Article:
Once upon a time, cigarettes were the currency of choice when those behind bars needed to barter. But these days, America's prisoners are trading with ramen.
So says Michael Gibson-Light, a doctoral candidate in the University of Arizona School of Sociology. He spent a year interviewing nearly 60 inmates and prison staffers at one men's state prison (which he kept anonymous to protect his sources) housing thousands of inmates. He presented the findings this week at the meeting of the American Sociological Association.
"There was an entire informal economy based on ramen (which the men often referred to as "soups")," Gibson-Light tells us via email. Prisoners use it hire other inmates for services, like cleaning out their bunk or doing their laundry, or purchase goods on the black market, like fresh fruits or vegetables (which aren't sold in the commissary but are sometimes smuggled from the kitchens, he says.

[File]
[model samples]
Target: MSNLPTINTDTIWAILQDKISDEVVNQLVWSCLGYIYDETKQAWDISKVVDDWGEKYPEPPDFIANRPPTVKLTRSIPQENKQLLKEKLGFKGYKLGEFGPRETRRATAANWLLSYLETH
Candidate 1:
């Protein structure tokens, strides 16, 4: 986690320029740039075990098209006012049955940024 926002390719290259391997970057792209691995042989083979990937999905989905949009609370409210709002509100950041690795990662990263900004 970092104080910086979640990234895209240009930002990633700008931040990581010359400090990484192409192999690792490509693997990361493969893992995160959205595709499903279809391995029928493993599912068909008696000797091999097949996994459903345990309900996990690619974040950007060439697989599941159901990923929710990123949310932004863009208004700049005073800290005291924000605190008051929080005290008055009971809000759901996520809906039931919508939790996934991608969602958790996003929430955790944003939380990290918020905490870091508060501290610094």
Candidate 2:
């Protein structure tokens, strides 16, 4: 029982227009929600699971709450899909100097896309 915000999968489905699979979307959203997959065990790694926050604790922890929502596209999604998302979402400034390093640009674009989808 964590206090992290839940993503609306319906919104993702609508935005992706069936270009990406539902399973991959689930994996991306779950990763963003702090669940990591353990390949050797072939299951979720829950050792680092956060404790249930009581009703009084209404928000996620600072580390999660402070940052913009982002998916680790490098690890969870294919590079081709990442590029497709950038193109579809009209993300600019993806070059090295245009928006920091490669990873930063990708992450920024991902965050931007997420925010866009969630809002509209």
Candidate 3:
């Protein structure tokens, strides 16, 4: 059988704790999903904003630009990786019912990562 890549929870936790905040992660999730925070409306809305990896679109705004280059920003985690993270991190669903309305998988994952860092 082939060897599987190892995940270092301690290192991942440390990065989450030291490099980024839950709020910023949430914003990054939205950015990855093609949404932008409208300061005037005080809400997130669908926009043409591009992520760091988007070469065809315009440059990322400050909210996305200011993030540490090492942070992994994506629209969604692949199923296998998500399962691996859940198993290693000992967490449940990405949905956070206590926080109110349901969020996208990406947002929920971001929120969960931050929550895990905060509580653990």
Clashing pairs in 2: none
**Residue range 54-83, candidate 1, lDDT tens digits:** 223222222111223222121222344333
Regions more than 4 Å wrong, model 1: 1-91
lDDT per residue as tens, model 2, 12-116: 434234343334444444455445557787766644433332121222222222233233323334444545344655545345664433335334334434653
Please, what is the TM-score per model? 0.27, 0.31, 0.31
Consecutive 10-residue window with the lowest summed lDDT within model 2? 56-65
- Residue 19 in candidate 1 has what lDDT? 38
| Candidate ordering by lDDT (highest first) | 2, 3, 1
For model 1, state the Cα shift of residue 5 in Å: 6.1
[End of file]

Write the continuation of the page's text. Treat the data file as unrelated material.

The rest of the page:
"As one inmate told me: 'You can tell how good a man's doing [financially] by how many soups he's got in his locker. '20 soups? Oh, that guy's doing good!' "
So what's behind ramen's rise as a de facto prison currency? It's super cheap, super tasty, rich in calories and readily available in prison commissaries — at a time when cost-cutting at detention facilities has many inmates complaining they're not getting enough to eat.